In the portion E, document MK has "for my sake and for the gospel's sake;" gospel LK has “for the kingdom of God's sake;" gospel MT has “for my name's sake.” The simplest explanation of these differences seems so be the supposition that the original document MK read here, as in MK 8:35, "for my sake.” This Matthew rewrote as “for my name's sake," and Luke as “for the kingdom of God's sake.” Subsequently there was added to document MK the phrase "and for the gospel's sake,” as also, on less doubtful evidence, in MK 8:35. The tendency to interpret these sayings about renunciation as stating conditions of participation in the mission seems to be exhibited again in this paragraph by the addition in portion G of the words “with persecutions.” Neither Matthew nor Luke give any evidence that these words stood in their document MK; they seem to be the product of the experiences of the early community. This supposition does not assume that Jesus did not both foresee and forecast persecutions for his followers, for there is abundant documentary evidence that he did, for example, document P20 and document MK 13:9-13. The surmise is simply that what Jesus predicted led, when it was realized, to the unconscious modification of portions of other sayings of Jesus which were not intended by him to refer to this particular subject. The dropping of the repetitious portion F by

both Matthew and Luke is in accordance with their literary treatment of the graphic but non-essential elements in their document MK. The Matthaean addition in portion B is natural as a definite introductory question to precede the specific reply of Jesus which Matthew alone records in portion D.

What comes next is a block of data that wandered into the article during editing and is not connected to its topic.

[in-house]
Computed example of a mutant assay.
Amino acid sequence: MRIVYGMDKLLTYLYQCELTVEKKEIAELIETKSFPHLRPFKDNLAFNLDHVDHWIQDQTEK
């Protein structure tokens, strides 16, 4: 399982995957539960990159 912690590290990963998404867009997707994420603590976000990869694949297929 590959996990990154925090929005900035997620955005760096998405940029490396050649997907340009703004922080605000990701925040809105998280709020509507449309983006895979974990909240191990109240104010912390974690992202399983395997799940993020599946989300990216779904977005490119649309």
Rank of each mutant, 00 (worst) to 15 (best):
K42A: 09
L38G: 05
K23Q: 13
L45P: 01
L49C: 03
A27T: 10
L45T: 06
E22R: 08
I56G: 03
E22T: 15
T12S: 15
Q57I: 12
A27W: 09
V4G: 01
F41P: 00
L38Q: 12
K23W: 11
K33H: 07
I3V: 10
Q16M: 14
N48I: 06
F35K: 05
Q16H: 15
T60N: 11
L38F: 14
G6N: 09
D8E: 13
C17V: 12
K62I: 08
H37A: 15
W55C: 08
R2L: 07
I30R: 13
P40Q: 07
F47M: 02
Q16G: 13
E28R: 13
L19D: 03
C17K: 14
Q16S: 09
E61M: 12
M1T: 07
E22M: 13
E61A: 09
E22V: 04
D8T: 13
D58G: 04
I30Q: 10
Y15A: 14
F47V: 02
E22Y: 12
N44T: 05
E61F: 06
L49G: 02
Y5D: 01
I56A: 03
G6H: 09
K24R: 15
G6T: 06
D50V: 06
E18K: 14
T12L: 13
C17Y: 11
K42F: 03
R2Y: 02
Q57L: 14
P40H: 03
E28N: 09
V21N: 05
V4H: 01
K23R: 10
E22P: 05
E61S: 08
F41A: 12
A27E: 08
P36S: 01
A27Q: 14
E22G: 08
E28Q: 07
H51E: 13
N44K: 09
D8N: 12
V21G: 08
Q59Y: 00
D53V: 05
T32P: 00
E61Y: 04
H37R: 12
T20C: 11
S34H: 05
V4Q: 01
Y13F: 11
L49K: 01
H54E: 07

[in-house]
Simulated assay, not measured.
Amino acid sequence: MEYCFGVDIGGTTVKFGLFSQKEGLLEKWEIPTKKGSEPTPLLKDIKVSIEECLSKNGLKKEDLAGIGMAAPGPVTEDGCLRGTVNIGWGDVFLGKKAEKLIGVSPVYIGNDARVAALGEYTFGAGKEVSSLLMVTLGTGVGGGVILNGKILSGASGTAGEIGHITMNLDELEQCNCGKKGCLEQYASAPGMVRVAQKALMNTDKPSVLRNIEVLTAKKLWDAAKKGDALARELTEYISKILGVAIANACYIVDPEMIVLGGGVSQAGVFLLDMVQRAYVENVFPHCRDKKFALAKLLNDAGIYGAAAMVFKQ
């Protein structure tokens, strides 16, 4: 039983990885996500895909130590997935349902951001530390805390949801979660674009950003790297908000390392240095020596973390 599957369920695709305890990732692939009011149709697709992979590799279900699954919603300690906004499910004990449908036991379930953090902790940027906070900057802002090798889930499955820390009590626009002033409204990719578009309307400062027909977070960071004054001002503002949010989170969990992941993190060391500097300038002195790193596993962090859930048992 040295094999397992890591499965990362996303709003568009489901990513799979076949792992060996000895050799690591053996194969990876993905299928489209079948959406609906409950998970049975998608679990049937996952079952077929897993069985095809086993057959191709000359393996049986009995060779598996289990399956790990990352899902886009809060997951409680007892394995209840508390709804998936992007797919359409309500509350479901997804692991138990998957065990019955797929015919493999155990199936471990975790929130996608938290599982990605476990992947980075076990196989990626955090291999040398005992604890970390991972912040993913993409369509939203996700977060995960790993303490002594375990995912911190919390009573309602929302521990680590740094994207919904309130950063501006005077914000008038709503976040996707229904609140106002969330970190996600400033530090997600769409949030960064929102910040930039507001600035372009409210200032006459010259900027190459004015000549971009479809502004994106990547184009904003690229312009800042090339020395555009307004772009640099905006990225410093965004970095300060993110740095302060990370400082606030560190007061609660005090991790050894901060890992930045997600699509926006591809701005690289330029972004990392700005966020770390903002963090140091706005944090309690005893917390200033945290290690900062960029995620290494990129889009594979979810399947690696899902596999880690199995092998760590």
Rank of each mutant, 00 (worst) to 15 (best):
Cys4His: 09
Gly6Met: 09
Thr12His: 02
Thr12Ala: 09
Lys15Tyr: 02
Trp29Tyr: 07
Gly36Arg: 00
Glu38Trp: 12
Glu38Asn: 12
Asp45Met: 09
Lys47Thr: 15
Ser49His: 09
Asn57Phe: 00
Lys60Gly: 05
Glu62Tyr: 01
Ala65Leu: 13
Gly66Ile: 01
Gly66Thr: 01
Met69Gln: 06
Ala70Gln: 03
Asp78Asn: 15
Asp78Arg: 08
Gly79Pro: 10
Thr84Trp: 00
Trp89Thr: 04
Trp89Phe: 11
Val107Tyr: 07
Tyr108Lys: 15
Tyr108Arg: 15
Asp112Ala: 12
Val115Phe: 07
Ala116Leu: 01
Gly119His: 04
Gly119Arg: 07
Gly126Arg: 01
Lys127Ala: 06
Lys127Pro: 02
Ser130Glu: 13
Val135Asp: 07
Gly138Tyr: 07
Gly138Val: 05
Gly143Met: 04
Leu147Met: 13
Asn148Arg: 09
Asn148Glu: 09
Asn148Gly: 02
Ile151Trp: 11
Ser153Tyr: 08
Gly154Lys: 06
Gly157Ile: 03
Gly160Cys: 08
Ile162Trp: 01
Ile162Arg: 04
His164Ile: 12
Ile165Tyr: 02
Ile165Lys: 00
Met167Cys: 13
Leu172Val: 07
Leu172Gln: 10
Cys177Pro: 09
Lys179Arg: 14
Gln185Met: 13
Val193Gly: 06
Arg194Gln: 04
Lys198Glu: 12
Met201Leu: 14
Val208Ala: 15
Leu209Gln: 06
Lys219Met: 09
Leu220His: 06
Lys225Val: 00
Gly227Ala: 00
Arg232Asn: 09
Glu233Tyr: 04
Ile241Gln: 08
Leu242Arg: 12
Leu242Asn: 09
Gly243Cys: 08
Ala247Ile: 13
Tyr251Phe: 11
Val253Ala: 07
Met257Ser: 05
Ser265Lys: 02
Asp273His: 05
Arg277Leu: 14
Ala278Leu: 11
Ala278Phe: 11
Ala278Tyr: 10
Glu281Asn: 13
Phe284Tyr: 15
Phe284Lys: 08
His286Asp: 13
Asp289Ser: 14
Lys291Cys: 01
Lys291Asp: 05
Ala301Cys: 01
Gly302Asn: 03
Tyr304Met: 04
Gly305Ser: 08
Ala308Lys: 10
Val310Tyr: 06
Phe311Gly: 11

The differences already noted are significant in themselves, but trivial compared with that which is established between Matthew and his source MK by the presence of portion D. From whence has that saying come? The words of Jesus as recorded in document MK define the rewards of discipleship in terms which are applicable to all disciples in all ages. The rewards in portion D are limited to twelve men.

Had the rich young ruler, who occasioned these sayings, renounced his wealth, as suggested by Jesus, he would have had no part in certain special privileges which could not extend beyond a circle equal in number to the tribes of Israel. Prerogatives of the first order belong to the first Twelve, but not to later apostles like Paul, it would seem. For all others who fulfil these conditions of discipleship there is the reward of “a hundredfold now” and “eternal life.” The twelve are exalted to the very highest plane of recognition and notable privilege. Is this what Jesus told the Twelve at other points in his career when they were disputing as to place in the future kingdom which they confidently expected was not far from realization ? Did Jesus regard the assignment of place as within his power, or did he assert that these things were determined by Another ? Whenever self-seeking or self-advancement was manifest in his disciples, on whatever basis, what was the attitude of Jesus toward it, apart from the present passage D? Did Jesus take the occasions of the ambitious questions of his disciples as opportunities to depict their future glory, or is the testimony of the documents to the effect that he turned these occasions into times for defining most clearly and searchingly his own conception of the true road to greatness ?

This portion D, which is unsupported by document MK, is vividly and unhesitatingly eschatological. And it belongs to the Gospel of Matthew. What has been found true of such portions in preceding examinations ? Shall it be held that Matthew drew this saying from document M? Then that document had eschatology everywhere